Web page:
Why is Chinese so efficient? Good morning East Asia
by Dwight Rodgers
Although German is not one of the languages I can speak, and I'm probably
repeating urban legend, I once heard that the German word for "Tank" early in
the 1900s was something like "Schützengrabenvernichtungsautomobil",
perhaps meaning "automobile that shoots and moves in trenches". The time
required to yell this phrase upon seeing a tank, was, of course, presented
as the primary reason for Germany losing the war.
This makes me wonder whether the meteoric rise in the Chinese and Taiwanese
economies during the 1990s while Japan remained, for the most part, stagnant,
was, in fact, not due to low labor cost or difference in starting point, but
rather due to the simple fact that "Good morning" takes 9 times longer to say
Let's take a look:
"Ohayoo gozaimasu" (お早う御座います),
9 syllables in Japanese,
versus "zǎo" (早), 1 syllable in Chinese.
Why is this?
The most interesting thing, if you don't already know Japanese and Chinese,
but are able to see the Japanese and Chinese characters above in your web browser
(if you can't, try "Start Menu -> Control Panel -> Regional and Language Settings ->
Languages and check the box for "Install Files for East Asian Languages" hit
Apply and probably reboot), is that both sentences actually contain the same
早, which was borrowed by Japanese from Chinese long ago, means
"fast" or "early", and is the cornerstone of the morning greeting in both
languages. In Chinese, it's pronounced "zao", and is a typical morning
greeting all by itself. In Japanese, it's typically pronounced "hayai"
and is usually written "早い" -- the second character being
the phonetic symbol for "i" and serving to indicate which of multiple
possible pronunciations 早 should take in context.
So why, if both greetings are derived from the word "early", is the
Japanese phrase so much longer? Let's see what the rest of the syllables
Ohayoo gozaimasu (お早う御座います)
"O" (お) at the beginning of a word means something like "I'm
expressing respect while speaking this word"
In Japanese, adjectives ending in "i" (い) such as "hayai"
(早い) can transform to end in "o" (お). For example
"hayai" (早い) can become "hayoo" (早う). This transformation expresses further respect for the phrase being spoken.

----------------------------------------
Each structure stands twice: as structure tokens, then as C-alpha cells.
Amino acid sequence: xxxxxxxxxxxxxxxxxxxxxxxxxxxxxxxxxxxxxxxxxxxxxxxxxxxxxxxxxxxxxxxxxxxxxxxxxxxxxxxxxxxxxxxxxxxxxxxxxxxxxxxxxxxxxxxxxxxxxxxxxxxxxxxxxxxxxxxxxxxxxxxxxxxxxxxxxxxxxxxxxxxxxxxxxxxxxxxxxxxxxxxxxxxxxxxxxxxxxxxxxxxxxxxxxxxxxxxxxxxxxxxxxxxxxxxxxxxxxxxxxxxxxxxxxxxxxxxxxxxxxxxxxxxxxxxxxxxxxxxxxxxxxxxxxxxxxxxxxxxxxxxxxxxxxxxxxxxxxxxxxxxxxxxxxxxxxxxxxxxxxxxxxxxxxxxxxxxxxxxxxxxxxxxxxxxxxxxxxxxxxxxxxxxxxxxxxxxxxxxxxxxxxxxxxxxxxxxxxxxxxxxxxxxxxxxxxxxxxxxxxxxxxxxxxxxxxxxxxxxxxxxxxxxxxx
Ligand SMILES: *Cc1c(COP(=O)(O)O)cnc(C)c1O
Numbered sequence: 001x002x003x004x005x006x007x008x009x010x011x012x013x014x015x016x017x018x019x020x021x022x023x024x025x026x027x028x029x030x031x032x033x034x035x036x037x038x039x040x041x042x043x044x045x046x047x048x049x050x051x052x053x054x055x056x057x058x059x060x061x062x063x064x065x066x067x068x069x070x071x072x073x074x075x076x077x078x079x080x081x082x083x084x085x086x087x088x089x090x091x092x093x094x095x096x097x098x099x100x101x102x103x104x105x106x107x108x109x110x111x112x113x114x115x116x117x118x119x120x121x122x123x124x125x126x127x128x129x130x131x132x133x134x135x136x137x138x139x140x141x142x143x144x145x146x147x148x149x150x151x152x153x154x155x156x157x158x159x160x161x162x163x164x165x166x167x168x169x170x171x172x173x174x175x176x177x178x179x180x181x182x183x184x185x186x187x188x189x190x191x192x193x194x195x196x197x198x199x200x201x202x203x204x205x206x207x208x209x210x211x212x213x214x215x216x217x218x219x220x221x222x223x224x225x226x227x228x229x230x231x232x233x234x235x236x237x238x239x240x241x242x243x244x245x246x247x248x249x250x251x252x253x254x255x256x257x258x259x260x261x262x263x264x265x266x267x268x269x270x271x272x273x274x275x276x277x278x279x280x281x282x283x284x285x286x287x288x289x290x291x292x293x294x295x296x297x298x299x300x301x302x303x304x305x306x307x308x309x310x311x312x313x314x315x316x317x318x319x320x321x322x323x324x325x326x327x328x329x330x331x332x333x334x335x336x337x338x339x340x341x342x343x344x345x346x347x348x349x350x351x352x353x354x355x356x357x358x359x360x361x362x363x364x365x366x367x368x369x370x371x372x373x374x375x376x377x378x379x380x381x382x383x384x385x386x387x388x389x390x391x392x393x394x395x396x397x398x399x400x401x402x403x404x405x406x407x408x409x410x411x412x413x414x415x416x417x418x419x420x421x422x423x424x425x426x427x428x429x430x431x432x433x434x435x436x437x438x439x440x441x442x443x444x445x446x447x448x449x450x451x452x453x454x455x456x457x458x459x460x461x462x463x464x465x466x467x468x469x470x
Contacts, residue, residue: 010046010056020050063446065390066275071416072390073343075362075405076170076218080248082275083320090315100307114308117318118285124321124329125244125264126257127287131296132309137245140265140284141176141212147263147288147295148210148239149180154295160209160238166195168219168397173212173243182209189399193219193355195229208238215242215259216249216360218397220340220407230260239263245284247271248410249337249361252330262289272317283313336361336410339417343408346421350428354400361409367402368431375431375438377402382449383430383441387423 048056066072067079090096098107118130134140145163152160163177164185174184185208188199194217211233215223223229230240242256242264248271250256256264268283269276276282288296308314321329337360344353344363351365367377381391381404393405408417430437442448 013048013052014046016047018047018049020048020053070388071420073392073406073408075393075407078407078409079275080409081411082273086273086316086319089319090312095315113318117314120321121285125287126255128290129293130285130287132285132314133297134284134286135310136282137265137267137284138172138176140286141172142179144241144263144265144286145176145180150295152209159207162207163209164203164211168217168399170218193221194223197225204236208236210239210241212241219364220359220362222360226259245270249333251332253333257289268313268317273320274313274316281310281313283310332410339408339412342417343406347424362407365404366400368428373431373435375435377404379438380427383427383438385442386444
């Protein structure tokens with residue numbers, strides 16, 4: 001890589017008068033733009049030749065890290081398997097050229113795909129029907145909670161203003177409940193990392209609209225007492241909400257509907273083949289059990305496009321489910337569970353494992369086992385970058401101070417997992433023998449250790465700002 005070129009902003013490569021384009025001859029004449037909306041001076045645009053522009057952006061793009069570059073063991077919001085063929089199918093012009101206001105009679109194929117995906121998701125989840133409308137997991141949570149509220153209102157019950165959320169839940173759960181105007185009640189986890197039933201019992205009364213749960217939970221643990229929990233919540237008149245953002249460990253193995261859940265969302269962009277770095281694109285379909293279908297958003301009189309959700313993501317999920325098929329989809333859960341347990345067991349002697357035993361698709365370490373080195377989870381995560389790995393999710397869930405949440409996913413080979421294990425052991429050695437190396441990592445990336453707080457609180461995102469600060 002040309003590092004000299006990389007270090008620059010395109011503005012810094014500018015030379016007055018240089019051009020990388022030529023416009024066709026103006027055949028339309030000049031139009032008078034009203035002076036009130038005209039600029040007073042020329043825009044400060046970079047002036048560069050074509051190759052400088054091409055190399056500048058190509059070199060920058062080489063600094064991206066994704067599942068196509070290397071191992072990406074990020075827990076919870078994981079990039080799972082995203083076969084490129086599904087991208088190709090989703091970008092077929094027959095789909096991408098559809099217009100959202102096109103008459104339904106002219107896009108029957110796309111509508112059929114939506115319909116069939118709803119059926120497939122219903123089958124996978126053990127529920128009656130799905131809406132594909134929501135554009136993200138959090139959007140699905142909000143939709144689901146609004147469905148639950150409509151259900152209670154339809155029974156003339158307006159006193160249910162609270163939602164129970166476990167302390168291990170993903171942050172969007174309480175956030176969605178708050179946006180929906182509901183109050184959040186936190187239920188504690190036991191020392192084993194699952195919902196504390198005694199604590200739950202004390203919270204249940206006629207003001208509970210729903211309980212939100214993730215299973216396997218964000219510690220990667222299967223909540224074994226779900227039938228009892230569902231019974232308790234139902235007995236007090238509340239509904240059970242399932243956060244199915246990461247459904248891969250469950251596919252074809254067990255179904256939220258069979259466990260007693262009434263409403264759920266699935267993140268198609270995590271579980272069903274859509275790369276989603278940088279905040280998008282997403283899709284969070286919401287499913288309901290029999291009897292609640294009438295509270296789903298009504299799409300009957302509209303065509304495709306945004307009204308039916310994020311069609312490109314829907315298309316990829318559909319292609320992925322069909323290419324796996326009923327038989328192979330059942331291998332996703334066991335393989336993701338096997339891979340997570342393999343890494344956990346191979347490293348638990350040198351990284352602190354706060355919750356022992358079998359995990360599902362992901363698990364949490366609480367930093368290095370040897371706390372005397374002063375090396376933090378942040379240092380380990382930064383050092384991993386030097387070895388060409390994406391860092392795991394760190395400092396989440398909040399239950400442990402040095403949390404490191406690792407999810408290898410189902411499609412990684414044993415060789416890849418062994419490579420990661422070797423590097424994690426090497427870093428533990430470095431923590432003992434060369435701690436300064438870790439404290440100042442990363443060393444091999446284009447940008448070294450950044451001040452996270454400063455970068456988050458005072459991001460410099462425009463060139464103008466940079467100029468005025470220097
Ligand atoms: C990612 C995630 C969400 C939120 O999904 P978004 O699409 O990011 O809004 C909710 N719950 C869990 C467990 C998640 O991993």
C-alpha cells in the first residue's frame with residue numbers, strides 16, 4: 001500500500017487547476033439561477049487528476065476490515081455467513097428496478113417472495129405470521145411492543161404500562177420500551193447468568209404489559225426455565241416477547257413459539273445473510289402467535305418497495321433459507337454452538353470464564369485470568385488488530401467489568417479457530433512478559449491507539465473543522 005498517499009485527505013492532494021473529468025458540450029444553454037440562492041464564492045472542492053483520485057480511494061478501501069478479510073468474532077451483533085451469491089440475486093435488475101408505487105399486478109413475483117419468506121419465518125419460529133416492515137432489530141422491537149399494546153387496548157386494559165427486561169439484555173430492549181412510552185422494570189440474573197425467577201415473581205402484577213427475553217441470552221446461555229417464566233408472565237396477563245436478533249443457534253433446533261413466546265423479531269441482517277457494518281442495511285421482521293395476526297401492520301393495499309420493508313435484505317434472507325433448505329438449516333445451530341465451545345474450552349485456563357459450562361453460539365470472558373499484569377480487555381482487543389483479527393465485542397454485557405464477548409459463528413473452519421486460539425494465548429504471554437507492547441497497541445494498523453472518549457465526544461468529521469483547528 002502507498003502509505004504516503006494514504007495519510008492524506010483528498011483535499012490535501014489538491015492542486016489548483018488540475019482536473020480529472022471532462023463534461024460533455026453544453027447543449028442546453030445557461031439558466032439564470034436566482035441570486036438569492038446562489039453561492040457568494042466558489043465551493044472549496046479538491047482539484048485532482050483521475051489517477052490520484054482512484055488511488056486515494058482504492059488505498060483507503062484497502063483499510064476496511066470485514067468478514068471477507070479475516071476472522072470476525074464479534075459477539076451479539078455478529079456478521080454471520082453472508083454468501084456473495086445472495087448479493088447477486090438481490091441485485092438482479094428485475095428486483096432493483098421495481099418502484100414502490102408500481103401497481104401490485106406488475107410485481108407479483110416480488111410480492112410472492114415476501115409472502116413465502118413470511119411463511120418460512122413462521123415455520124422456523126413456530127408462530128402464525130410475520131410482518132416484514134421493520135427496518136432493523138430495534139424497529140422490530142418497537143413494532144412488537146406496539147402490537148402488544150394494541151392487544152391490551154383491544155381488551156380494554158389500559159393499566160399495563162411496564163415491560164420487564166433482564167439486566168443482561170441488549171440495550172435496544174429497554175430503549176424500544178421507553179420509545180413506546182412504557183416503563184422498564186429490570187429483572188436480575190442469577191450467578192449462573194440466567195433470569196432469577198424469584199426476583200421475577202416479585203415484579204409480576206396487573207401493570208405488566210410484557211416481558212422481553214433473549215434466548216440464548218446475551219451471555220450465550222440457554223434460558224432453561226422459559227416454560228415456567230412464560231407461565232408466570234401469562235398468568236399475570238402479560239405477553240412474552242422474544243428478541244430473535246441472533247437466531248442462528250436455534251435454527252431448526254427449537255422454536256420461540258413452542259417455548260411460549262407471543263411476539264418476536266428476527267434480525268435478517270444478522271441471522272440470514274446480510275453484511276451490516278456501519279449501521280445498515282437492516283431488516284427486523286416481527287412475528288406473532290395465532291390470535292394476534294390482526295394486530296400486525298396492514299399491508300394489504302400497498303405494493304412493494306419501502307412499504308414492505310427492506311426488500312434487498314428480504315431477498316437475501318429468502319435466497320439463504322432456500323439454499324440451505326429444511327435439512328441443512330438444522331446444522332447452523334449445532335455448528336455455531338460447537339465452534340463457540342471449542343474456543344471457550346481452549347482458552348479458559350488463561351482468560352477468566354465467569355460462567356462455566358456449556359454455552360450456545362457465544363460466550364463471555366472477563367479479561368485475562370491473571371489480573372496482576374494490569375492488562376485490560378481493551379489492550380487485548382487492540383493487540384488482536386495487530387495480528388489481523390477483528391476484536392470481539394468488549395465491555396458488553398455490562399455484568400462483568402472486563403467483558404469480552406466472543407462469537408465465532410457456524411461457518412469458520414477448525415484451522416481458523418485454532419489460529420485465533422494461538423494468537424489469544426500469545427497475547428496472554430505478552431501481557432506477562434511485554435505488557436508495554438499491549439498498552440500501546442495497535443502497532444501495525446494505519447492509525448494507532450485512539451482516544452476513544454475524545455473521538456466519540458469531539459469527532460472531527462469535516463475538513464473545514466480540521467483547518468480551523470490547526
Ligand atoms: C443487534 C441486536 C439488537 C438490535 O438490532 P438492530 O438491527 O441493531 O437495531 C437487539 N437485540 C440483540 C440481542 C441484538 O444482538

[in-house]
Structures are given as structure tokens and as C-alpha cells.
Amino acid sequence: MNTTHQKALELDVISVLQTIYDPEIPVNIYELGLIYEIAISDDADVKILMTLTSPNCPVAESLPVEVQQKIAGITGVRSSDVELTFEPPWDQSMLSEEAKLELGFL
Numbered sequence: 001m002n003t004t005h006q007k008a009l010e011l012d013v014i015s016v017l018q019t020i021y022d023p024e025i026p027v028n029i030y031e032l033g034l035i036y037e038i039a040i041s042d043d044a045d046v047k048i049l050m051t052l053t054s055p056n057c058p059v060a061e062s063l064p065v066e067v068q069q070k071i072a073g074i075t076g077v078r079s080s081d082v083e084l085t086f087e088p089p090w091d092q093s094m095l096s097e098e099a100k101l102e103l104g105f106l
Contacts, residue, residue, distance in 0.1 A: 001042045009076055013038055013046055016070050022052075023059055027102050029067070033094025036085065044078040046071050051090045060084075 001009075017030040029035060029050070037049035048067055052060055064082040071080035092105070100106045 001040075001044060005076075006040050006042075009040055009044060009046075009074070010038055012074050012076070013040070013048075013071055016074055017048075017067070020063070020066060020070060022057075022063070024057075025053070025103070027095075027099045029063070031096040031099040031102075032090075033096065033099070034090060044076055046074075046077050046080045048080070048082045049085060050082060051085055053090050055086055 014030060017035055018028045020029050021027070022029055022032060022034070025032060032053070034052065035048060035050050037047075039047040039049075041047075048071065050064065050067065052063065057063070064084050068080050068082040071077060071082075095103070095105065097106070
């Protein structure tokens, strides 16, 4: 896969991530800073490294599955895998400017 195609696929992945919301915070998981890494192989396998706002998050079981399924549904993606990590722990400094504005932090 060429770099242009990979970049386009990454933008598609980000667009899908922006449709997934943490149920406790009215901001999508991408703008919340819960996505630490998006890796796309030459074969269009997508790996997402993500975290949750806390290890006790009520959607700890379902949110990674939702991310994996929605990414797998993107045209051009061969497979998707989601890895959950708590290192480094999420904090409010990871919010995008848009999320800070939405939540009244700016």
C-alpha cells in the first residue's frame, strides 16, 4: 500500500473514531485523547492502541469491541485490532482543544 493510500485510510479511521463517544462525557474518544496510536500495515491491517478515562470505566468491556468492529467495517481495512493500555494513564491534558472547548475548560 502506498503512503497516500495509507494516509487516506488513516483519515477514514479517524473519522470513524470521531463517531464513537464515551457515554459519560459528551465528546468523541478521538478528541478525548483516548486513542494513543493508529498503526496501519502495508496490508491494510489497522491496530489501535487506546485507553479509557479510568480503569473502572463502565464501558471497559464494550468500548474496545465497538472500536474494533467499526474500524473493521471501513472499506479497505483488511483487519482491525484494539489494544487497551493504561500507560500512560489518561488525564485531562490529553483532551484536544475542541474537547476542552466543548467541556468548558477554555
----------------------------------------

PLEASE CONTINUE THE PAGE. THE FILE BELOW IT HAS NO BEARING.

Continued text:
So "O ha yo o" (お早う) means "early with double respect"
What about "go za i ma su" (御座います)?
Well, "gozaru" (御座る) means something like "is"
with a side-message of "and by the way, I recognize that you are superior
to me". And some verbs like this ending in "ru" (る) can be transformed
to end in "imasu" (います) to convey respect. (are we
starting to see a pattern?) So "gozaru" (御座る) can
become "gozaimasu" (御座います), meaning "is"
with a side-message of "and by the way, I recognizer that you are superior,
and am conveying respect".
So "good morning", in Japanese is "Ohayoo Gozaimasu"
"it is early" with 3 side orders of respect and a dose of humility.
Is it just "good morning" or does Chinese always require fewer syllables?
Well, let's take a look:
Chinese: "qǐng" (請)
Japanese: "onegaishimasu" (お願いいたします),
meaning "do a request", +2 respect, +1 humility.
"will", as in "I will prepare the documents you requested"
Chinese: "huì" (會)
Japanese: "sasete itadakimasu" (させて頂きます),
meaning "I will receive the making of myself to do", +1 respect, +1 humility.
Comparative analysis of the expression and importance of humility
and respect in these cultures aside, it's pretty clear that meetings
in Chinese finish earlier.
About the author:
Dwight Rogers is the co-creator of the
Effective Language brand of language
learning products, helping people achieve fluency, not tourist-speak, with
methods that are always interesting, always easy, and always effective.